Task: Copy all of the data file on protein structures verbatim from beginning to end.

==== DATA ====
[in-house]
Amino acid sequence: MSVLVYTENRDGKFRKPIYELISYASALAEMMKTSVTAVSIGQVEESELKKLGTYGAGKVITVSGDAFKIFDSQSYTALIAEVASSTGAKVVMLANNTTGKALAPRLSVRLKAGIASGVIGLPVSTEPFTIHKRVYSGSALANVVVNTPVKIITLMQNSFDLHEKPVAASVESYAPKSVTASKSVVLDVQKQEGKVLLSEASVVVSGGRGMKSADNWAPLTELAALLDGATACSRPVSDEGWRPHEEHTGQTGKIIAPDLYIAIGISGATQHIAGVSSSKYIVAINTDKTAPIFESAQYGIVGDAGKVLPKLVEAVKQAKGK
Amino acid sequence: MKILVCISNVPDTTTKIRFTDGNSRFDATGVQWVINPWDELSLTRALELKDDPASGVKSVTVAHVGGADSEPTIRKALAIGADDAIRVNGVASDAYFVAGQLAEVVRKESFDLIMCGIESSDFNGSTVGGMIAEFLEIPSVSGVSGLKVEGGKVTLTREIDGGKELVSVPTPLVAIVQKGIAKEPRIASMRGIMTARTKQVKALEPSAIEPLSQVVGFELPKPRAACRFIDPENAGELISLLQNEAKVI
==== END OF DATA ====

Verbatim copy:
[in-house]
Amino acid sequence: MSVLVYTENRDGKFRKPIYELISYASALAEMMKTSVTAVSIGQVEESELKKLGTYGAGKVITVSGDAFKIFDSQSYTALIAEVASSTGAKVVMLANNTTGKALAPRLSVRLKAGIASGVIGLPVSTEPFTIHKRVYSGSALANVVVNTPVKIITLMQNSFDLHEKPVAASVESYAPKSVTASKSVVLDVQKQEGKVLLSEASVVVSGGRGMKSADNWAPLTELAALLDGATACSRPVSDEGWRPHEEHTGQTGKIIAPDLYIAIGISGATQHIAGVSSSKYIVAINTDKTAPIFESAQYGIVGDAGKVLPKLVEAVKQAKGK
Amino acid sequence: MKILVCISNVPDTTTKIRFTDGNSRFDATGVQWVINPWDELSLTRALELKDDPASGVKSVTVAHVGGADSEPTIRKALAIGADDAIRVNGVASDAYFVAGQLAEVVRKESFDLIMCGIESSDFNGSTVGGMIAEFLEIPSVSGVSGLKVEGGKVTLTREIDGGKELVSVPTPLVAIVQKGIAKEPRIASMRGIMTARTKQVKALEPSAIEPLSQVVGFELPKPRAACRFIDPENAGELISLLQNEAKVI